You write a lot of quality content hoping that it will succeed in generating engagement.
If you're experiencing a lack of engagement on your quality content, you now need to implement a promotion and distribution strategy.
The operations that you practice post-publication are extremely important towards your content's success.
Spend time sharing your content in the communities who are known to be interested in the topics you're writing about rather than spending too much time on creating tons and tons of content.
Working Towards Content Engagement
(Number 11 from Stranger Things)
To jump-start your process of distributing your content to promote engagement, put these 11 tips into action:
1. Verify that your writing style aligns with the voice of those in your industry.
Listen to the conversations in your community. They are your core audience and are the most likely to engage.
2. Contribute to the blogs that possess consistent social and blog interactions.
Within your author's bio and in the comments, you can always link back to your personal site to generate traffic, awareness, and thought leadership.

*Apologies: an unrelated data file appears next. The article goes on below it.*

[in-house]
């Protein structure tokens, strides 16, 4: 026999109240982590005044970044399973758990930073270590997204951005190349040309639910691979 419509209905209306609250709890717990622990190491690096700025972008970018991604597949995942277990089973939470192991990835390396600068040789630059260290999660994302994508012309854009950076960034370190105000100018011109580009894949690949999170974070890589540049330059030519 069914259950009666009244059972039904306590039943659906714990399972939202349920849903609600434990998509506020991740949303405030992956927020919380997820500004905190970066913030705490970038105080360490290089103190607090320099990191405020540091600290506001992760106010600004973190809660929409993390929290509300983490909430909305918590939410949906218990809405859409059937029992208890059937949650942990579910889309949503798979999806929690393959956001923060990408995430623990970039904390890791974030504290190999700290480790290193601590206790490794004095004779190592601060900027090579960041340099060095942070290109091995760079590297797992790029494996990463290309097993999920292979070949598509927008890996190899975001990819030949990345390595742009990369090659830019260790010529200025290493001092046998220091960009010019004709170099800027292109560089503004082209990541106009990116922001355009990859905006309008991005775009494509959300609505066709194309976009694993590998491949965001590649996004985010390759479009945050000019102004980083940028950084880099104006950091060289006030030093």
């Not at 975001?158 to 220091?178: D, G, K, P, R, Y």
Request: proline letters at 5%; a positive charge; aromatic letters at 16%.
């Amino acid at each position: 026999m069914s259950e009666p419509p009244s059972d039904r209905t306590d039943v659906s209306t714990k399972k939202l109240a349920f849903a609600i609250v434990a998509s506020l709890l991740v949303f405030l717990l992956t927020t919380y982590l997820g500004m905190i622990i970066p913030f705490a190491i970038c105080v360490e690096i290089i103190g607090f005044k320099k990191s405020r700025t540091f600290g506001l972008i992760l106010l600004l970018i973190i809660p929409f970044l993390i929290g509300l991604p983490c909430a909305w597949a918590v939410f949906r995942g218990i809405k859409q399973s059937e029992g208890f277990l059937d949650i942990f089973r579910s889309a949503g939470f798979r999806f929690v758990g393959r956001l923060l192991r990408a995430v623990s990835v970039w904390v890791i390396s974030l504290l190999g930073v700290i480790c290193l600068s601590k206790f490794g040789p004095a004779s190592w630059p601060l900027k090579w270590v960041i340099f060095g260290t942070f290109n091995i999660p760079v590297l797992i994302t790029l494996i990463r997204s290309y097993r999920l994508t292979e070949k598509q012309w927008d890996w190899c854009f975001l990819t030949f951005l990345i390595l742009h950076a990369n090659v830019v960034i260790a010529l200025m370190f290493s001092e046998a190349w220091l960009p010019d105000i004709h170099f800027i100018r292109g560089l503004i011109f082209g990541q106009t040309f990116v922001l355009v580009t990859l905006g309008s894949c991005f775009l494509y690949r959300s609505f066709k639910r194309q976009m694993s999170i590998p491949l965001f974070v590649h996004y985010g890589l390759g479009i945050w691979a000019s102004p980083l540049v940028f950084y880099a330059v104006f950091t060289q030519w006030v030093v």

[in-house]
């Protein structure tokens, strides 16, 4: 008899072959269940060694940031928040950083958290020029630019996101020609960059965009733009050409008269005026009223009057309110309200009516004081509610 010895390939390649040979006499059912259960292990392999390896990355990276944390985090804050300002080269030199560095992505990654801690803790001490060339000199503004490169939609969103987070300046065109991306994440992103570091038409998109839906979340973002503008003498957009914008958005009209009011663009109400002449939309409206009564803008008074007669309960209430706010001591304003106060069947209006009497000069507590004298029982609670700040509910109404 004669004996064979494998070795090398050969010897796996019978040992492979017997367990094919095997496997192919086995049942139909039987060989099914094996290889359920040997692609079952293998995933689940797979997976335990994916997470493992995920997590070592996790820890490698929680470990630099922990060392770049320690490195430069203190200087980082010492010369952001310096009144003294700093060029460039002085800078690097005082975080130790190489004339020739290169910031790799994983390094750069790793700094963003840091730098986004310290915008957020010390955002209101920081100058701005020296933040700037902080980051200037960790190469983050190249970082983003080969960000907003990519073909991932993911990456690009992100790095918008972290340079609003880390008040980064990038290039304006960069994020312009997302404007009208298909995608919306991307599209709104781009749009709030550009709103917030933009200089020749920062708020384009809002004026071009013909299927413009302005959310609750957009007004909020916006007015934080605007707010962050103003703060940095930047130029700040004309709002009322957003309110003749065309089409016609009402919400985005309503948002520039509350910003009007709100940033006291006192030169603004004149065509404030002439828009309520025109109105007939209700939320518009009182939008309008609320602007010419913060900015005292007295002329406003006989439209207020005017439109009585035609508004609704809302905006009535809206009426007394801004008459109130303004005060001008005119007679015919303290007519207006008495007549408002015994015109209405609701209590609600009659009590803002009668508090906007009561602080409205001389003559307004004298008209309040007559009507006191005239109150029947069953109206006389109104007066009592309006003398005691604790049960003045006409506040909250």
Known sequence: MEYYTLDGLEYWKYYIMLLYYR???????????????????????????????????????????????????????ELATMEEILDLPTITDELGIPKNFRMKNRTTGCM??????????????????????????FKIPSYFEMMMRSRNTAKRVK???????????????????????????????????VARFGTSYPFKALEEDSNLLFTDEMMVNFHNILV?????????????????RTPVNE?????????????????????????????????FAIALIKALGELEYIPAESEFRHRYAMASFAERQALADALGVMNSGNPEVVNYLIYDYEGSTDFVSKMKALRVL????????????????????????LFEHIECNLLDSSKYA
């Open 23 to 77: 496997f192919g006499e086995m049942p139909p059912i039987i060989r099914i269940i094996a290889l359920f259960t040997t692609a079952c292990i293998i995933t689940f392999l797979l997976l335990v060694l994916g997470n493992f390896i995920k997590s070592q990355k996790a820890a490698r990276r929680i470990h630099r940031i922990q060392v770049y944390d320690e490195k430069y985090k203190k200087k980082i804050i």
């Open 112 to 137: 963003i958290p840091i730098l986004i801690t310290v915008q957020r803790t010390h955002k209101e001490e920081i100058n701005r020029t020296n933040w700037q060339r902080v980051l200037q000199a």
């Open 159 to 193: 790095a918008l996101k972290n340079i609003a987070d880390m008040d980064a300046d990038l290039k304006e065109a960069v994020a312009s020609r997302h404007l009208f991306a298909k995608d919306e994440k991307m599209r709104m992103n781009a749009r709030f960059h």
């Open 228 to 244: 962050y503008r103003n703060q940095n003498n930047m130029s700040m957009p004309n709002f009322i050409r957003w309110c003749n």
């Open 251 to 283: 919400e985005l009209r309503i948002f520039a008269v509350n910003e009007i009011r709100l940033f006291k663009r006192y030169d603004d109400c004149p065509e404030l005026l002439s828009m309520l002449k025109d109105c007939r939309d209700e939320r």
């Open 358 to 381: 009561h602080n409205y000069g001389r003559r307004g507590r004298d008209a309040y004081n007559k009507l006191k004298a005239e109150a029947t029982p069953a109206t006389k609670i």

3. Share your blog post on other channels.
Promote your work where you're getting significantly more traffic. Check your Google Analytics to see where you're getting the most engagement. This includes your social media profiles, newsletters, forums, wherever you're mentioned in the media, and even from events and conferences that you've attended.
4. Make the time to create meaningful conversations around your topic.
Don't spread yourself too thin by trying to market your product on every channel available. Trying to promote your content everywhere when your demographic is missing-in-action will not help you get the engagement you're looking for.
5. Position call-to-actions in the ideal places throughout your blog.
Some writers recommend positioning a CTA above the fold and at the conclusion. Revisit your blog guidelines to see where CTA's fit within an article, and consider where your reader's eyes will focus on while on the page.
6. Utilise CTA's that relate to the topic of your article.
Nothing's worse than when you're watching a show about delectable food, and then you are shown an ad about toilet-themed restaurants.
7. Redo your headlines to generate a spark within the first couple of seconds in which your audience reads it.
Time is valuable to your customers, you need to capture their attention from the beginning.
8. Request for your team to comment on your blog posts.